Self Love

Self-love is often neglected as an aspect of personal development, especially for teenagers. Self-love means having a positive regard for oneself and treating oneself with kindness, compassion, and respect. It lays the foundation for overall well-being and success in life.

Teenagers with low self-esteem may struggle with academic performance, social interactions, and decision-making. They may also be more susceptible to peer pressure and engage in risky behaviors. Therefore, it is crucial for teenagers to cultivate self-love in order to thrive during this transformative period of their lives.    

Young Lions Self Love Conference

Picture-1.png

The Young Lions Youth Organization recognizes the importance of self-love for teenagers, hosting an annual day-long conference for Tampa’s inner-city youth every October. The day’s program includes practical tips and tricks for practicing self-love in various aspects of their lives. Topics for discussion include:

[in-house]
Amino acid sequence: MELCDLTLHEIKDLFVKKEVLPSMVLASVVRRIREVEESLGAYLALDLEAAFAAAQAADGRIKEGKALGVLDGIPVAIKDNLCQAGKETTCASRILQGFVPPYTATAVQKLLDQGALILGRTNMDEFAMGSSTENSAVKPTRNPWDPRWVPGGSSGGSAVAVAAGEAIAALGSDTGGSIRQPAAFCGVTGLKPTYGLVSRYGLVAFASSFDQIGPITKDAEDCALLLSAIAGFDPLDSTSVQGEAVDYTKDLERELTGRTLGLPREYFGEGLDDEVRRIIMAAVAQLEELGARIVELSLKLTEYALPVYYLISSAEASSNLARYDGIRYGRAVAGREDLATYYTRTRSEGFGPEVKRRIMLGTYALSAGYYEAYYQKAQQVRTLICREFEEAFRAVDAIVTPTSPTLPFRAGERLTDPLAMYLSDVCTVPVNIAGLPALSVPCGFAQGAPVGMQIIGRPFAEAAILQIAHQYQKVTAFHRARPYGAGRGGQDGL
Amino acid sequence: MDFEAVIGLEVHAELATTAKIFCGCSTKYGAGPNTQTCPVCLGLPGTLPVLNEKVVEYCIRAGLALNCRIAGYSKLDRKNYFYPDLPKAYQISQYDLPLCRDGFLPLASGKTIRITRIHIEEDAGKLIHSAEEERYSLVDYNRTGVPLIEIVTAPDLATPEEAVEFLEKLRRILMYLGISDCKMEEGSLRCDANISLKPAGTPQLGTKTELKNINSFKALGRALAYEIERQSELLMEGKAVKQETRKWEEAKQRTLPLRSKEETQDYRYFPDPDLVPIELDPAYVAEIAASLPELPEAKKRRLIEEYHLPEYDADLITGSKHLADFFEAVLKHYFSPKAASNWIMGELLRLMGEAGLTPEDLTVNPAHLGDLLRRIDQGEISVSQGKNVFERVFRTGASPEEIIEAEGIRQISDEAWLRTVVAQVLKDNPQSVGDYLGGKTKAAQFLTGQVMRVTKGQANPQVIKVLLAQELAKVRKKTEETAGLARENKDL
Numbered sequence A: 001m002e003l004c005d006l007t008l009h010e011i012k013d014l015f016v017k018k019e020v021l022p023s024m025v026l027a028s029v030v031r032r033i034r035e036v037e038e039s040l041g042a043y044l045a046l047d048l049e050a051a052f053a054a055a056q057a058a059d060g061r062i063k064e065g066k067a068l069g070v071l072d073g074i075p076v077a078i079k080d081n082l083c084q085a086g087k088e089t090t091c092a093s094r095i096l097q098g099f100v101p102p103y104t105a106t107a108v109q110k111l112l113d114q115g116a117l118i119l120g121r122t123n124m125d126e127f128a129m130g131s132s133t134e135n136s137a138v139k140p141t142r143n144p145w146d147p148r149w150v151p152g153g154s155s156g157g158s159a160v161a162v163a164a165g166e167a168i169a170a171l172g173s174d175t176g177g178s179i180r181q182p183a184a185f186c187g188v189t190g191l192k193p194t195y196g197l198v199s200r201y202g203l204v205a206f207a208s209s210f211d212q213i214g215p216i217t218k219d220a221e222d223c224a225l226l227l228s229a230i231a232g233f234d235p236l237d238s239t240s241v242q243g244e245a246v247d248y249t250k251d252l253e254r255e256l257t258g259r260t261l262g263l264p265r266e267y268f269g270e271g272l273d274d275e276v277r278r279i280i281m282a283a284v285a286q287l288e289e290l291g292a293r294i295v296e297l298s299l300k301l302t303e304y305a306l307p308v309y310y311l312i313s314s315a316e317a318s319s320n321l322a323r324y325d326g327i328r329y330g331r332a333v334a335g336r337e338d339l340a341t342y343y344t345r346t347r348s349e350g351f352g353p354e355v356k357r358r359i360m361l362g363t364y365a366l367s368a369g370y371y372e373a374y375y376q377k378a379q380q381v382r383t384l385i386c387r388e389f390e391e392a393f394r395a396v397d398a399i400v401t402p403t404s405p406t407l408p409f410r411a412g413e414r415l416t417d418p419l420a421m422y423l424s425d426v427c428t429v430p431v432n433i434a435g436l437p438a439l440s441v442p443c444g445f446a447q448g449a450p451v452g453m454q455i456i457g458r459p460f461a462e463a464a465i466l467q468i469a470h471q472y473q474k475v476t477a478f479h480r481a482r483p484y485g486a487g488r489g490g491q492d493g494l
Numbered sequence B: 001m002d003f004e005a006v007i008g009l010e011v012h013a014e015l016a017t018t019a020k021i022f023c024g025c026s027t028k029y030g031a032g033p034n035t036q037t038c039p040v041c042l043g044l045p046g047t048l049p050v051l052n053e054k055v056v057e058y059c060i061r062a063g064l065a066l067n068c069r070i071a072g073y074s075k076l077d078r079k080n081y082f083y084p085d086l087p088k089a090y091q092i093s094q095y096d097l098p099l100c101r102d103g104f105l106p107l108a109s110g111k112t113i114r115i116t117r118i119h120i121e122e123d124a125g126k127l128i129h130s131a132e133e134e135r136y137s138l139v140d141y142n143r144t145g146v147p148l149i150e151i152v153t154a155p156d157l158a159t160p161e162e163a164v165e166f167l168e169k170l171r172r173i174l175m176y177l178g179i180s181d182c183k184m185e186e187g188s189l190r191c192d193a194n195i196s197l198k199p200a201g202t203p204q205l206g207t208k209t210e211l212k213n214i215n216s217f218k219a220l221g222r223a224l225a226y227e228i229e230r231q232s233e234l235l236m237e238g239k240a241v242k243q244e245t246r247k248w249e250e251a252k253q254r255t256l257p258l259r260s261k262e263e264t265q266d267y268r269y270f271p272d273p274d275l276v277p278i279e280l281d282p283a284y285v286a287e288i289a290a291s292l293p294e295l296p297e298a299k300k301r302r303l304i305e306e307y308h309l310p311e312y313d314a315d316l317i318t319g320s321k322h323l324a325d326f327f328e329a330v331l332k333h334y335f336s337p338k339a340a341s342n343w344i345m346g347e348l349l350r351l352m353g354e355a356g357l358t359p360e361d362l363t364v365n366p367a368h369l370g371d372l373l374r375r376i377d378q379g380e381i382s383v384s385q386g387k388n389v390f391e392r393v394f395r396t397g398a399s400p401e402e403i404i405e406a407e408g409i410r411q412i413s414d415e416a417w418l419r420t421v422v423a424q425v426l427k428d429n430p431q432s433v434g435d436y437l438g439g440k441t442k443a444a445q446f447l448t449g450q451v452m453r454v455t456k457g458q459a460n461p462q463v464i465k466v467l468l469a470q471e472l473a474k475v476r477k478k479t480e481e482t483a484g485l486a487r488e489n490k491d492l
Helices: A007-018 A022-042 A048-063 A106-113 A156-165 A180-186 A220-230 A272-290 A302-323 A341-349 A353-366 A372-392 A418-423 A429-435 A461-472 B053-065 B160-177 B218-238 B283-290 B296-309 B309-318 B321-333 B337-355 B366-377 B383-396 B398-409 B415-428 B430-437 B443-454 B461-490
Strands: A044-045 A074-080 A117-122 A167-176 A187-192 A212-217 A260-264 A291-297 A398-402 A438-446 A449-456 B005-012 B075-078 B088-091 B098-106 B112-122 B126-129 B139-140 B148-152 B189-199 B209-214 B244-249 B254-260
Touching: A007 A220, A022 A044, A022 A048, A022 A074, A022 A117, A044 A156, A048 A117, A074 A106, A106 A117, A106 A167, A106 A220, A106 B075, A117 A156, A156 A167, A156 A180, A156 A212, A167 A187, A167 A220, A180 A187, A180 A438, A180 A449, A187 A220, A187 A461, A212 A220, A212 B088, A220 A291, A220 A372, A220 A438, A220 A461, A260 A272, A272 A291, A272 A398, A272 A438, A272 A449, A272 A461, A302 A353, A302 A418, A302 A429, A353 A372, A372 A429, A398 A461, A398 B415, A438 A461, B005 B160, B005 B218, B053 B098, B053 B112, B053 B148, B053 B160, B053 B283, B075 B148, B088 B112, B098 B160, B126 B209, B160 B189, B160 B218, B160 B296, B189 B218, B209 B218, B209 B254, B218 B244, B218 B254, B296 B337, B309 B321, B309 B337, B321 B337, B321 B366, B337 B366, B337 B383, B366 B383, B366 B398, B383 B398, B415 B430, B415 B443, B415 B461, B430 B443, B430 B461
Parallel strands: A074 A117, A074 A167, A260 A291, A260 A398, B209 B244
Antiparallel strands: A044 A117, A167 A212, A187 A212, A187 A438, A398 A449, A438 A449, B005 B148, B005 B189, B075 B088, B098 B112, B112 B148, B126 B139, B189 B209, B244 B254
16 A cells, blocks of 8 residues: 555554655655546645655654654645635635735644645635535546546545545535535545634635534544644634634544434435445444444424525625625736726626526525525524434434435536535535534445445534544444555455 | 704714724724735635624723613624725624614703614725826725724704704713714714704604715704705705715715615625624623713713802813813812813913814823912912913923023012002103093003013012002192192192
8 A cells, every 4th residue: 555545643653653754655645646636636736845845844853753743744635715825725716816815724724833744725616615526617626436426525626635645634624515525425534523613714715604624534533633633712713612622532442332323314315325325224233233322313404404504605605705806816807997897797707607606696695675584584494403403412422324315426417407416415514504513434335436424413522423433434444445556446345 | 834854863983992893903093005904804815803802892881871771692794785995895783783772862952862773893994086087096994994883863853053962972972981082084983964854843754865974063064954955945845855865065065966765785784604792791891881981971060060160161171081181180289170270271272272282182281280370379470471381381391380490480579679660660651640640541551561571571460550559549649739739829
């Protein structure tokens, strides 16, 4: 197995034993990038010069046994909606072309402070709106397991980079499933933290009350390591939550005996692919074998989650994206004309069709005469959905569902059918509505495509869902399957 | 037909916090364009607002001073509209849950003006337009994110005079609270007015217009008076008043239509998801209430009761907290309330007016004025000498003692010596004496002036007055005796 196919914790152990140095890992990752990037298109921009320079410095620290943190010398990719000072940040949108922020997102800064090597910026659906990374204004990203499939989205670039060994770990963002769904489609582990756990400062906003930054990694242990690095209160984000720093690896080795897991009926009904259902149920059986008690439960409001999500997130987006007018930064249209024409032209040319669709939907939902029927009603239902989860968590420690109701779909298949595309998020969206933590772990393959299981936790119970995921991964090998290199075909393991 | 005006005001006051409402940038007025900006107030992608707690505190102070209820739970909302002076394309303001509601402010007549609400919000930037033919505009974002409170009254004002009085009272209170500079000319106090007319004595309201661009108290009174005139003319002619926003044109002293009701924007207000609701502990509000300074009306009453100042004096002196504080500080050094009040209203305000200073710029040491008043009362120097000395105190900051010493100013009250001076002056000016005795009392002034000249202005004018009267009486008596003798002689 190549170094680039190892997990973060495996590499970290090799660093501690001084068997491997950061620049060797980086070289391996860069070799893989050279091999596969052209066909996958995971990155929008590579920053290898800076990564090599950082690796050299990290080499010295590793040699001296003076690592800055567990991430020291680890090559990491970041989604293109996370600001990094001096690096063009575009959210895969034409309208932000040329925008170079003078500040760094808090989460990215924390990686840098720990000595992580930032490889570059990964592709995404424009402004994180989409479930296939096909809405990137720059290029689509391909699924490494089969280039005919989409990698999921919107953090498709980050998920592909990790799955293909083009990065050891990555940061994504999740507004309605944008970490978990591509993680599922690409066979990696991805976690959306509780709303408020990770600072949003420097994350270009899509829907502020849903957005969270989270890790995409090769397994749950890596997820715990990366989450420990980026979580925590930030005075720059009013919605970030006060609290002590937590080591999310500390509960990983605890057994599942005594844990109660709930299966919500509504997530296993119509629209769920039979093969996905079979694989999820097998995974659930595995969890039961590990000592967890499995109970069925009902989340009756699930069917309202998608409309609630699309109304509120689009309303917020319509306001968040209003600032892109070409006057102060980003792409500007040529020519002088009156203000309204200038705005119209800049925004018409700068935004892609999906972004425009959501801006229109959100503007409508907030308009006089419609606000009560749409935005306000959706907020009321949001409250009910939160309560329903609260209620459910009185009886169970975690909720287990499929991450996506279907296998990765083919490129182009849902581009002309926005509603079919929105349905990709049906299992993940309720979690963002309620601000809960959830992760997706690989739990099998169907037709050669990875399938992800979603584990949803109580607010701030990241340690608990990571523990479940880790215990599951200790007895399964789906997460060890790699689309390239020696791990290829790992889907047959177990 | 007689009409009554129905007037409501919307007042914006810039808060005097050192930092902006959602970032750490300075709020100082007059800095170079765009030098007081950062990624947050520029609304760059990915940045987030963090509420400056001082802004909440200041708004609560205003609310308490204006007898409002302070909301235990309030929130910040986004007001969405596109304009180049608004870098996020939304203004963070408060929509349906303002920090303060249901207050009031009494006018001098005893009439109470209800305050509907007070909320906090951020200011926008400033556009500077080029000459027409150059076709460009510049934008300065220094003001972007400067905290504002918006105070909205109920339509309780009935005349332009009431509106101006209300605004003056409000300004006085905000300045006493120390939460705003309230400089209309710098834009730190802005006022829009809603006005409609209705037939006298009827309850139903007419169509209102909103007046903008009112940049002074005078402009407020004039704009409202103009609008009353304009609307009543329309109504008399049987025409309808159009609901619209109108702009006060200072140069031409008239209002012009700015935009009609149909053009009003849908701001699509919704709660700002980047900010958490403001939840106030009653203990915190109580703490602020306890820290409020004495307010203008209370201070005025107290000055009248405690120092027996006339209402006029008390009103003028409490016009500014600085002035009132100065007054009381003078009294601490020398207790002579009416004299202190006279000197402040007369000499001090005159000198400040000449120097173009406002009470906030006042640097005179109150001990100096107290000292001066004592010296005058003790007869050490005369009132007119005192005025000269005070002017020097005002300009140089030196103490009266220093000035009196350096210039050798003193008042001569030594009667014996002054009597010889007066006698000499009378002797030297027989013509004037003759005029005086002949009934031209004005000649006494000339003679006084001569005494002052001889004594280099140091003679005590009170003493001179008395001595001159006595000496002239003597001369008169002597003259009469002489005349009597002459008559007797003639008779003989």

• Decisions and Consequences: Life is a Series of Hard Choices
  • Hygiene, Grooming, Wardrobe
  • Financial Literacy for Youth
  • College Preparation and Paperwork
  • Finding Your Career Path
  • Watch Young Lions website and Facebook for an announcement about the 2024 event.

Car Credit is Part of the Solution

By addressing root causes and providing effective support systems, The Young Lions empowers teens to navigate the challenges of this transitional time in their lives and embrace their futures with hope.

 Steve Cuculich, owner of Car Credit, is proud to support the work of The Young Lions. “What could possibly be more important than preserving young lives full of potential and promise,” says Cuculich.  “We want to ensure that our youth can grow up in environments that support their mental health and well-being.”  

Car Credit (www.carcredittampa.com) and Nuevo en US (www.nuevoenus.org) are proud to support the work of The Young Lions – helping people along the Road to the American Dream.